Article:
Comparing early treatment outcomes of MDR-TB in decentralised and centralised settings in KwaZulu-Natal, South Africa

Marian Loveday, K. Wallengren, A. Voce, B. Margot, T. Reddy, I. Master, J. Brust, K. Chaiyachati, N. Padayatchi

Research output: Contribution to journalArticle

37 Scopus citations

Abstract

SETTING: In KwaZulu-Natal, South Africa, a setting endemic for tuberculosis (TB) and the human immunodeficiency virus (HIV), prolonged hospitalisation for the treatment of the growing number of multidrug-resistant TB (MDR-TB) patients is neither possible nor effective. OBJECTIVE: To compare early treatment outcomes in patients with MDR-TB with and without HIV coi nfection at four decentralised rural sites with a central urban referral hospital. DESIGN: This is an operational, prospective cohort study of patients between 1 July 2008 and 30 November 2009, where culture conversion, time to culture conversion, survival and predictors of these outcomes were analysed. RESULTS: Of 860 patients with MDR-TB, 419 were at the decentralised sites and 441 at the central hospital. Overall, 71% were HIV co-infected. In the 17-month study period, there was a higher proportion of culture conversion at the decentralised sites compared with the centralised hospital (54% vs. 24%, P < 0.001, OR 3.76, 95%CI 2.81-5.03). The median time to treatment initiation was significantly shorter at the decentralised sites compared with the centralised hospital (72 vs. 93 days, P < 0.001). There was no significant difference in survival following treatment initiation. CONCLUSION: In this study, early treatment outcomes suggest that decentralised care for MDR-TB patients is superior to that in a centralised setting.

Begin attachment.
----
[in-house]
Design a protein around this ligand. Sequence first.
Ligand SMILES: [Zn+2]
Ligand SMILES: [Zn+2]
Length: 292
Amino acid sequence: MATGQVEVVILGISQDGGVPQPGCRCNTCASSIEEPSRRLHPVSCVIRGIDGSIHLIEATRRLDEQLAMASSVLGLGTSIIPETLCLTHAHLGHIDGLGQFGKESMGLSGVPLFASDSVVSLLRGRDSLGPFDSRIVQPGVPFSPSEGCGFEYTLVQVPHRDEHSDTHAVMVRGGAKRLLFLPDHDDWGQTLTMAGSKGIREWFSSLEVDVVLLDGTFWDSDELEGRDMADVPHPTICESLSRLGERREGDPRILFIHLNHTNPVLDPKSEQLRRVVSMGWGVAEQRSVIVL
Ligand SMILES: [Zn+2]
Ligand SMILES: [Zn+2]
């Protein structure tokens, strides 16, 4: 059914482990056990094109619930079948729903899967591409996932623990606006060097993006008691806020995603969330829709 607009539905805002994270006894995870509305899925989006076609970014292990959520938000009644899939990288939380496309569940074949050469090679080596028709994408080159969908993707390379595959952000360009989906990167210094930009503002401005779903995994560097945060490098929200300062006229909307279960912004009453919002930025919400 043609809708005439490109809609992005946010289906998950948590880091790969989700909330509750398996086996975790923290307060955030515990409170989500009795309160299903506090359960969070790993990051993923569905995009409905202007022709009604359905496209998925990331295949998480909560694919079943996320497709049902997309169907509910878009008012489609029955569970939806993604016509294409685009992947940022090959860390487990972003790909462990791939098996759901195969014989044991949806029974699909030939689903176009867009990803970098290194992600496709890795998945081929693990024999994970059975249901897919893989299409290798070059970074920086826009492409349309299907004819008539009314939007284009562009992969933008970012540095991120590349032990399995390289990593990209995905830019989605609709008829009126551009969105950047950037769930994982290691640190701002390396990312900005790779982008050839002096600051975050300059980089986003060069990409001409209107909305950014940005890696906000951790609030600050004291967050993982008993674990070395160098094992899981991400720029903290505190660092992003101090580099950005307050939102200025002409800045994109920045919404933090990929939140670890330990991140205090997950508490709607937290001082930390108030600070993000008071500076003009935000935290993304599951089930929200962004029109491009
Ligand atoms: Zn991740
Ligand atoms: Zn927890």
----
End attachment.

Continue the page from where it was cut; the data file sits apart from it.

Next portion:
Original languageEnglish (US)
Pages (from-to)209-215
Number of pages7
JournalInternational Journal of Tuberculosis and Lung Disease
Volume16
Issue number2
DOIs
StatePublished - Feb 1 2012

Keywords

  • High burden of TB and HIV
  • Operational research

ASJC Scopus subject areas

  • Pulmonary and Respiratory Medicine
  • Infectious Diseases

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